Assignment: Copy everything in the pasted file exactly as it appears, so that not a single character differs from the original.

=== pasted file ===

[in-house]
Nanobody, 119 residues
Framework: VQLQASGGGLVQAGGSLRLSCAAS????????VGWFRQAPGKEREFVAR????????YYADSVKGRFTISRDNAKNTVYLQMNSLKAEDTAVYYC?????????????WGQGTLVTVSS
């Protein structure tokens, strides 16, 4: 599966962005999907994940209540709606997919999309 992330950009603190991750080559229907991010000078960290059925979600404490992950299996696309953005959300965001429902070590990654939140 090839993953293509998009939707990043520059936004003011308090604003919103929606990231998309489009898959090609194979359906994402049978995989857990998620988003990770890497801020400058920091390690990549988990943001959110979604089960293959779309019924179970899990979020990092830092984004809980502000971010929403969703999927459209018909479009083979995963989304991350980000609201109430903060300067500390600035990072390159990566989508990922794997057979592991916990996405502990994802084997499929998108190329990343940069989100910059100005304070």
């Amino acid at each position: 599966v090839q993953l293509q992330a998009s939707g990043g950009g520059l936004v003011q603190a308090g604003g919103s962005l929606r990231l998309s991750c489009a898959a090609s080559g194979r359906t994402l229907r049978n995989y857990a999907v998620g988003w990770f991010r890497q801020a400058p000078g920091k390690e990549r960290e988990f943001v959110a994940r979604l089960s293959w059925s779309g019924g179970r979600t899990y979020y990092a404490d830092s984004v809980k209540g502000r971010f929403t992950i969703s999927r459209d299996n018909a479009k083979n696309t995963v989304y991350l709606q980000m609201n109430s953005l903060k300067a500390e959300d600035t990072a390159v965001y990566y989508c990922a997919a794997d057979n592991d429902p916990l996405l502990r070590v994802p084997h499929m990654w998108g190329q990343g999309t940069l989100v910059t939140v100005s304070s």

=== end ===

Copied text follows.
[in-house]
Nanobody, 119 residues
Framework: VQLQASGGGLVQAGGSLRLSCAAS????????VGWFRQAPGKEREFVAR????????YYADSVKGRFTISRDNAKNTVYLQMNSLKAEDTAVYYC?????????????WGQGTLVTVSS
């Protein structure tokens, strides 16, 4: 599966962005999907994940209540709606997919999309 992330950009603190991750080559229907991010000078960290059925979600404490992950299996696309953005959300965001429902070590990654939140 090839993953293509998009939707990043520059936004003011308090604003919103929606990231998309489009898959090609194979359906994402049978995989857990998620988003990770890497801020400058920091390690990549988990943001959110979604089960293959779309019924179970899990979020990092830092984004809980502000971010929403969703999927459209018909479009083979995963989304991350980000609201109430903060300067500390600035990072390159990566989508990922794997057979592991916990996405502990994802084997499929998108190329990343940069989100910059100005304070």
């Amino acid at each position: 599966v090839q993953l293509q992330a998009s939707g990043g950009g520059l936004v003011q603190a308090g604003g919103s962005l929606r990231l998309s991750c489009a898959a090609s080559g194979r359906t994402l229907r049978n995989y857990a999907v998620g988003w990770f991010r890497q801020a400058p000078g920091k390690e990549r960290e988990f943001v959110a994940r979604l089960s293959w059925s779309g019924g179970r979600t899990y979020y990092a404490d830092s984004v809980k209540g502000r971010f929403t992950i969703s999927r459209d299996n018909a479009k083979n696309t995963v989304y991350l709606q980000m609201n109430s953005l903060k300067a500390e959300d600035t990072a390159v965001y990566y989508c990922a997919a794997d057979n592991d429902p916990l996405l502990r070590v994802p084997h499929m990654w998108g190329q990343g999309t940069l989100v910059t939140v100005s304070s």